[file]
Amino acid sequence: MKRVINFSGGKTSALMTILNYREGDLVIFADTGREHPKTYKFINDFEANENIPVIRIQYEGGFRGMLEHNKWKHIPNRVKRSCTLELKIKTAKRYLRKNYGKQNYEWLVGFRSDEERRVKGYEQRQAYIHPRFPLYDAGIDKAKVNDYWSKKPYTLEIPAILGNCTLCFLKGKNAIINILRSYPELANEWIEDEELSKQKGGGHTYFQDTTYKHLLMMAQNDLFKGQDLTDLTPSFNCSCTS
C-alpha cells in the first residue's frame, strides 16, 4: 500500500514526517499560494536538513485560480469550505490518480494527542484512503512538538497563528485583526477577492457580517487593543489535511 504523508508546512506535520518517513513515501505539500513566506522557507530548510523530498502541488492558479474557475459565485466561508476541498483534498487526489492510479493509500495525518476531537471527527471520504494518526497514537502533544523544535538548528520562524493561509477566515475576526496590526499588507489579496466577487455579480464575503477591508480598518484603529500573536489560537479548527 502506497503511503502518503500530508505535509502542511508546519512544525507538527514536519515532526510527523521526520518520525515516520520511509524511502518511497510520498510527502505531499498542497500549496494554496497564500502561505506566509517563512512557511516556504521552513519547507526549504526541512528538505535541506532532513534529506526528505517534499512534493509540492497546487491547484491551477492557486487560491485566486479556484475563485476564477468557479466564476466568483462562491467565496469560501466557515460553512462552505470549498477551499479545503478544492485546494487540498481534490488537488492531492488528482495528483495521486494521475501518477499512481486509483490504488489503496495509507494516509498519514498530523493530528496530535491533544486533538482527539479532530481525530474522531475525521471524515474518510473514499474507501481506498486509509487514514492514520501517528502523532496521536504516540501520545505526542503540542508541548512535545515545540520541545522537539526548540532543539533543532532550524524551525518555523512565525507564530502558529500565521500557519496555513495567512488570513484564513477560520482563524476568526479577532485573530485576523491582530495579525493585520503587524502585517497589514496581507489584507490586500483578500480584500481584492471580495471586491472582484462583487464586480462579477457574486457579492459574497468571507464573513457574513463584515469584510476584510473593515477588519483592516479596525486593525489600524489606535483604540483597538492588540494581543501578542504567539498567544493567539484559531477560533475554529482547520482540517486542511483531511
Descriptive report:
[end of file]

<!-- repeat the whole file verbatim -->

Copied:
Amino acid sequence: MKRVINFSGGKTSALMTILNYREGDLVIFADTGREHPKTYKFINDFEANENIPVIRIQYEGGFRGMLEHNKWKHIPNRVKRSCTLELKIKTAKRYLRKNYGKQNYEWLVGFRSDEERRVKGYEQRQAYIHPRFPLYDAGIDKAKVNDYWSKKPYTLEIPAILGNCTLCFLKGKNAIINILRSYPELANEWIEDEELSKQKGGGHTYFQDTTYKHLLMMAQNDLFKGQDLTDLTPSFNCSCTS
C-alpha cells in the first residue's frame, strides 16, 4: 500500500514526517499560494536538513485560480469550505490518480494527542484512503512538538497563528485583526477577492457580517487593543489535511 504523508508546512506535520518517513513515501505539500513566506522557507530548510523530498502541488492558479474557475459565485466561508476541498483534498487526489492510479493509500495525518476531537471527527471520504494518526497514537502533544523544535538548528520562524493561509477566515475576526496590526499588507489579496466577487455579480464575503477591508480598518484603529500573536489560537479548527 502506497503511503502518503500530508505535509502542511508546519512544525507538527514536519515532526510527523521526520518520525515516520520511509524511502518511497510520498510527502505531499498542497500549496494554496497564500502561505506566509517563512512557511516556504521552513519547507526549504526541512528538505535541506532532513534529506526528505517534499512534493509540492497546487491547484491551477492557486487560491485566486479556484475563485476564477468557479466564476466568483462562491467565496469560501466557515460553512462552505470549498477551499479545503478544492485546494487540498481534490488537488492531492488528482495528483495521486494521475501518477499512481486509483490504488489503496495509507494516509498519514498530523493530528496530535491533544486533538482527539479532530481525530474522531475525521471524515474518510473514499474507501481506498486509509487514514492514520501517528502523532496521536504516540501520545505526542503540542508541548512535545515545540520541545522537539526548540532543539533543532532550524524551525518555523512565525507564530502558529500565521500557519496555513495567512488570513484564513477560520482563524476568526479577532485573530485576523491582530495579525493585520503587524502585517497589514496581507489584507490586500483578500480584500481584492471580495471586491472582484462583487464586480462579477457574486457579492459574497468571507464573513457574513463584515469584510476584510473593515477588519483592516479596525486593525489600524489606535483604540483597538492588540494581543501578542504567539498567544493567539484559531477560533475554529482547520482540517486542511483531511
Descriptive report: